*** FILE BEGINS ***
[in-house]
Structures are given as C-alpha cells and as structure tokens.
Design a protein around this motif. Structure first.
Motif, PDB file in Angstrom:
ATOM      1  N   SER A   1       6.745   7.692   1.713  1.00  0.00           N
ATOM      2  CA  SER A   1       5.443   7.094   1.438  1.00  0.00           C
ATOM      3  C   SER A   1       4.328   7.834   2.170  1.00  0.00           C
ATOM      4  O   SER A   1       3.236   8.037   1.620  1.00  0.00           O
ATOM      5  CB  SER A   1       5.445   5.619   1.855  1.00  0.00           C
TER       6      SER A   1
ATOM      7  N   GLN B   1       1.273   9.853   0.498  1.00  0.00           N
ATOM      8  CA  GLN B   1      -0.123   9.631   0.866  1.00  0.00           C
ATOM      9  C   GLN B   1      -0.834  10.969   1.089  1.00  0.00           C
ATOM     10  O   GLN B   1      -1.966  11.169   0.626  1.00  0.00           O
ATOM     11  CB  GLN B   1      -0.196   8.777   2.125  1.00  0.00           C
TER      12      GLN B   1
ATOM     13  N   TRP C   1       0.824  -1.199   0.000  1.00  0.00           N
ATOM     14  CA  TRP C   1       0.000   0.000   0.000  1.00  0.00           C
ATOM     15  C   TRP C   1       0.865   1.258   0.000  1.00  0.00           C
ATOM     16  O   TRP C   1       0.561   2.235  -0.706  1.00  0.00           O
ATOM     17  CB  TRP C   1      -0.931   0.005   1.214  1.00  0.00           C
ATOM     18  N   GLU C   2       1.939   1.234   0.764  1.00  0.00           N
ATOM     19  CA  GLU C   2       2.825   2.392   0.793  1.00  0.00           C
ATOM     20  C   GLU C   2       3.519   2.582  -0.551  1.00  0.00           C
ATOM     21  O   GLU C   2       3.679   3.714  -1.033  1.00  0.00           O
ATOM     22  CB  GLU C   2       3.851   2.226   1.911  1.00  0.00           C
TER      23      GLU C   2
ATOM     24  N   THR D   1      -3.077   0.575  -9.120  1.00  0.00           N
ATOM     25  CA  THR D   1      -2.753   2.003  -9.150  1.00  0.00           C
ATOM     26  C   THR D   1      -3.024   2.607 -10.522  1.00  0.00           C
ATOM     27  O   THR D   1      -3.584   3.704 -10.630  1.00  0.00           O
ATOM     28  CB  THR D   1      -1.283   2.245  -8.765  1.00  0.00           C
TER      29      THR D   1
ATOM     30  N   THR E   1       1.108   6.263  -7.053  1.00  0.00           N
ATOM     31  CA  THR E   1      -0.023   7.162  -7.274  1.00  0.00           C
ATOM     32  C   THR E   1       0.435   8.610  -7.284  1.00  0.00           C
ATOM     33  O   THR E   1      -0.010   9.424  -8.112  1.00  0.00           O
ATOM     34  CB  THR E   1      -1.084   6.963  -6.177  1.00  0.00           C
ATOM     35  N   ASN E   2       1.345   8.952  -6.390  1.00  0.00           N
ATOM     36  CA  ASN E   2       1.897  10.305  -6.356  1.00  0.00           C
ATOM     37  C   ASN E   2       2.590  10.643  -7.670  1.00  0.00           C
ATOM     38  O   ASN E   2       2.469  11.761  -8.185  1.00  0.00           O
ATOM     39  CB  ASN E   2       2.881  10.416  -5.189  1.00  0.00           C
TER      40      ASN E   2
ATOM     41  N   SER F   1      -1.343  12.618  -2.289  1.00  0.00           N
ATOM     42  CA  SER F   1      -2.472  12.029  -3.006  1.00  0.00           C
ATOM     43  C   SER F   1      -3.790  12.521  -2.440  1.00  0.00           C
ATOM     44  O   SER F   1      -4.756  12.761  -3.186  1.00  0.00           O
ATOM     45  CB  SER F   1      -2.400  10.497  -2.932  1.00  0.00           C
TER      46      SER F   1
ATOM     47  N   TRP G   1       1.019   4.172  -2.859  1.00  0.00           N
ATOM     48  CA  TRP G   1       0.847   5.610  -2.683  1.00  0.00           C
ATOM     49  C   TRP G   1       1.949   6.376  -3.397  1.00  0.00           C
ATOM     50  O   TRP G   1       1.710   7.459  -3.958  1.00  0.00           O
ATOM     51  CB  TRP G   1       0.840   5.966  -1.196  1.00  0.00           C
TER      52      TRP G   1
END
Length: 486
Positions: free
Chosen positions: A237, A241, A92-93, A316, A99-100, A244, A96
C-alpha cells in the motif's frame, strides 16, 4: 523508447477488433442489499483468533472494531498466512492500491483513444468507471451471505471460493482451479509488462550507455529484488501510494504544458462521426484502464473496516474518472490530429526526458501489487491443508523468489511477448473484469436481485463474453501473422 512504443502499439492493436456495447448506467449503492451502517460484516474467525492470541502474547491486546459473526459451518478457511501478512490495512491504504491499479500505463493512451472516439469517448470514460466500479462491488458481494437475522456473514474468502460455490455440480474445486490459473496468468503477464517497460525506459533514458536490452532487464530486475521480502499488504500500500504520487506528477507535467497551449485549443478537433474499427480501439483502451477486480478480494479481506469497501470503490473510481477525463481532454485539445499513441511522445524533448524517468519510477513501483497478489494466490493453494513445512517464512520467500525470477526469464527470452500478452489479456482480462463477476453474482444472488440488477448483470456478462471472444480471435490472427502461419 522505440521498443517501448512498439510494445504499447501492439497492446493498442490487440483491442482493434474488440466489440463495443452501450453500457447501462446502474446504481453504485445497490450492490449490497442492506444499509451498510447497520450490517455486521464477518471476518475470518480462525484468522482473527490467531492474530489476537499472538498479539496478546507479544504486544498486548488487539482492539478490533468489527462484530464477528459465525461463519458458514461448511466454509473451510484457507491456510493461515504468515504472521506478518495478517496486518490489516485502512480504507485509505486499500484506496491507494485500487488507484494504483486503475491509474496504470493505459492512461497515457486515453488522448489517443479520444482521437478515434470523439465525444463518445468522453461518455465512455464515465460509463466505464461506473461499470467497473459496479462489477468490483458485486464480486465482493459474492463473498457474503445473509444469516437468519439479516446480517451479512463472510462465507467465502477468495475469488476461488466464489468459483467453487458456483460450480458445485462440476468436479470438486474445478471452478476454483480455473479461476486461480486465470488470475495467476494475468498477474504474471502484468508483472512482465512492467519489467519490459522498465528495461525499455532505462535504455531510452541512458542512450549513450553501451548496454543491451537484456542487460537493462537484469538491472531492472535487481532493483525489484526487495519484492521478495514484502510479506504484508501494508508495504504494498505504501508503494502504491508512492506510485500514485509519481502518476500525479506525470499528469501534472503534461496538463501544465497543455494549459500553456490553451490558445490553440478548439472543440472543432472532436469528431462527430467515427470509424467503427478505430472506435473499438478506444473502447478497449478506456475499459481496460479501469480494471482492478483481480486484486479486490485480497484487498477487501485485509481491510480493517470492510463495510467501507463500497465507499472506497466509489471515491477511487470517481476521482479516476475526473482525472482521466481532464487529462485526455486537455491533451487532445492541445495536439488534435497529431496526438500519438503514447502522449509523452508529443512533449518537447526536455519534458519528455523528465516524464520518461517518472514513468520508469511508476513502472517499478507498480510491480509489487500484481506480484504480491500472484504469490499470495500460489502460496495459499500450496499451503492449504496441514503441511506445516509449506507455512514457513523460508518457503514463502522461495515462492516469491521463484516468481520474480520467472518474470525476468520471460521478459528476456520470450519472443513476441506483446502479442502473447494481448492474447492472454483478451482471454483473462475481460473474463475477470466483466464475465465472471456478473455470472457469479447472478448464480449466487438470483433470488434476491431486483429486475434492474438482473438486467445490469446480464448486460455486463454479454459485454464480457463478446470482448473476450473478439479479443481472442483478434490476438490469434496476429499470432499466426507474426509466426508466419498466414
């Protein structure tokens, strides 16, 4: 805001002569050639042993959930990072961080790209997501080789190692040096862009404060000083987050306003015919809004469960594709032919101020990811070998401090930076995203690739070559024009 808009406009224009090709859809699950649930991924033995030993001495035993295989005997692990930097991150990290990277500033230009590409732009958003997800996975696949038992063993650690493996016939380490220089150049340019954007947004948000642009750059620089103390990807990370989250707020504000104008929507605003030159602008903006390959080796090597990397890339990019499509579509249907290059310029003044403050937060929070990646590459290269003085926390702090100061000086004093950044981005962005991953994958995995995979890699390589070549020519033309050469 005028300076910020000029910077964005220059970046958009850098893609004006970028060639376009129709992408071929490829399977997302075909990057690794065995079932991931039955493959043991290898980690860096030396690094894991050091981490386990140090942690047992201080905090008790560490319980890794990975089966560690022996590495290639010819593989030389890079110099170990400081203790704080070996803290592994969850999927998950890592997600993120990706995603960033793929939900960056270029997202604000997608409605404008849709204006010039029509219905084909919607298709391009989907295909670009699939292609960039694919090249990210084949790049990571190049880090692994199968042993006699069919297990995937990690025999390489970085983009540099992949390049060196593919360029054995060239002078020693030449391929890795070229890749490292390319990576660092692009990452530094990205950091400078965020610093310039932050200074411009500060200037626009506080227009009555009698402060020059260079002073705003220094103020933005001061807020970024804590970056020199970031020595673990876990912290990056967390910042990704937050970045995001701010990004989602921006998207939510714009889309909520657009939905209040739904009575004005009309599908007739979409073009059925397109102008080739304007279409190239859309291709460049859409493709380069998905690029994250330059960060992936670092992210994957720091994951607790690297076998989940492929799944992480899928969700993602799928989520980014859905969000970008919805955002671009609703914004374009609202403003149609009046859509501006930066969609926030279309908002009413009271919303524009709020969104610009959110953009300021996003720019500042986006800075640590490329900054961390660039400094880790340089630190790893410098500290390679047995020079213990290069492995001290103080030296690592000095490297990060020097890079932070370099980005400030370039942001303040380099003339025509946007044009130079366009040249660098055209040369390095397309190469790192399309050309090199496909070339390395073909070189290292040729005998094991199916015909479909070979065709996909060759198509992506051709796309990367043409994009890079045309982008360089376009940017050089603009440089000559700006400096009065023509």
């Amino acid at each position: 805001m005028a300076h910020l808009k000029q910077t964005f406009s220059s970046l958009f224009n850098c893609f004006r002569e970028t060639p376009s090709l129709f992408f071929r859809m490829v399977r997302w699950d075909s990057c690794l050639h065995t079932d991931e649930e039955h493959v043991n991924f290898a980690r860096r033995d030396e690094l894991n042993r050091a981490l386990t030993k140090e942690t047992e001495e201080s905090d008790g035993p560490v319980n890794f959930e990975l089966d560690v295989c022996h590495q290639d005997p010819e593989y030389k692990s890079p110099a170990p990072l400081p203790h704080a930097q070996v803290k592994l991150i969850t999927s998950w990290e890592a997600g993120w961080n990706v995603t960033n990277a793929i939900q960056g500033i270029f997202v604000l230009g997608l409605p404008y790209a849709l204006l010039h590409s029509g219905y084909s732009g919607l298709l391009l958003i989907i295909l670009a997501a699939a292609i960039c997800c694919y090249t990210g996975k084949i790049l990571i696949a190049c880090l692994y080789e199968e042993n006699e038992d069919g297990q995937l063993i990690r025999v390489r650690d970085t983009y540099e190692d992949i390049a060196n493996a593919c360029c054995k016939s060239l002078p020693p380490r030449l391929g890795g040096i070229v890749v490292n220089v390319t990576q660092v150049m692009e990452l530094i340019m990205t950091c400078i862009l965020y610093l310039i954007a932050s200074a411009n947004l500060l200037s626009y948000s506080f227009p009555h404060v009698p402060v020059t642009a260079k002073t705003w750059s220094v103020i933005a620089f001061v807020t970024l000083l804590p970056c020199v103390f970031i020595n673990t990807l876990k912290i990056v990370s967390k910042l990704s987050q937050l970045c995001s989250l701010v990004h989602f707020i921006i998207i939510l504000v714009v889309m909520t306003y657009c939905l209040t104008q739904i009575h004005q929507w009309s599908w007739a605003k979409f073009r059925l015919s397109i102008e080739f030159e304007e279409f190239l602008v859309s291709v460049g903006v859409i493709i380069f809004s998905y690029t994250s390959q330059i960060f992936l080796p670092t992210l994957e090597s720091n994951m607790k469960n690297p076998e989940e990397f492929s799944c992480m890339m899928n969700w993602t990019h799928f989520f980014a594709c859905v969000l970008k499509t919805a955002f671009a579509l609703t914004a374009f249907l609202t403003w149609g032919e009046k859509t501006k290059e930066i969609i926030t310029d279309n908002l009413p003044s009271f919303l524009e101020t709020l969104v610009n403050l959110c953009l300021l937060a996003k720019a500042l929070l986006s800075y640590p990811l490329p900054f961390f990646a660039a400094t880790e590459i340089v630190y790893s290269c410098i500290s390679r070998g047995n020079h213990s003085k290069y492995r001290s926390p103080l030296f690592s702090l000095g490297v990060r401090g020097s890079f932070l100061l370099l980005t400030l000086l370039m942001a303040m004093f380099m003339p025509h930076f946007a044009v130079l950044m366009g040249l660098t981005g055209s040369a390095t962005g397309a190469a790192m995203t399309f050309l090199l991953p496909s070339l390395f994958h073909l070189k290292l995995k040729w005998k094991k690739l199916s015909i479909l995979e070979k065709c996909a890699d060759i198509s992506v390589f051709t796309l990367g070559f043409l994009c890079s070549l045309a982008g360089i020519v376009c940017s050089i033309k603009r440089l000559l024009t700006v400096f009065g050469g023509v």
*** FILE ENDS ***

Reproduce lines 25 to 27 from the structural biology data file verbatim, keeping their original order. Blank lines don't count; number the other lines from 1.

ATOM     21  O   GLU C   2       3.679   3.714  -1.033  1.00  0.00           O
ATOM     22  CB  GLU C   2       3.851   2.226   1.911  1.00  0.00           C
TER      23      GLU C   2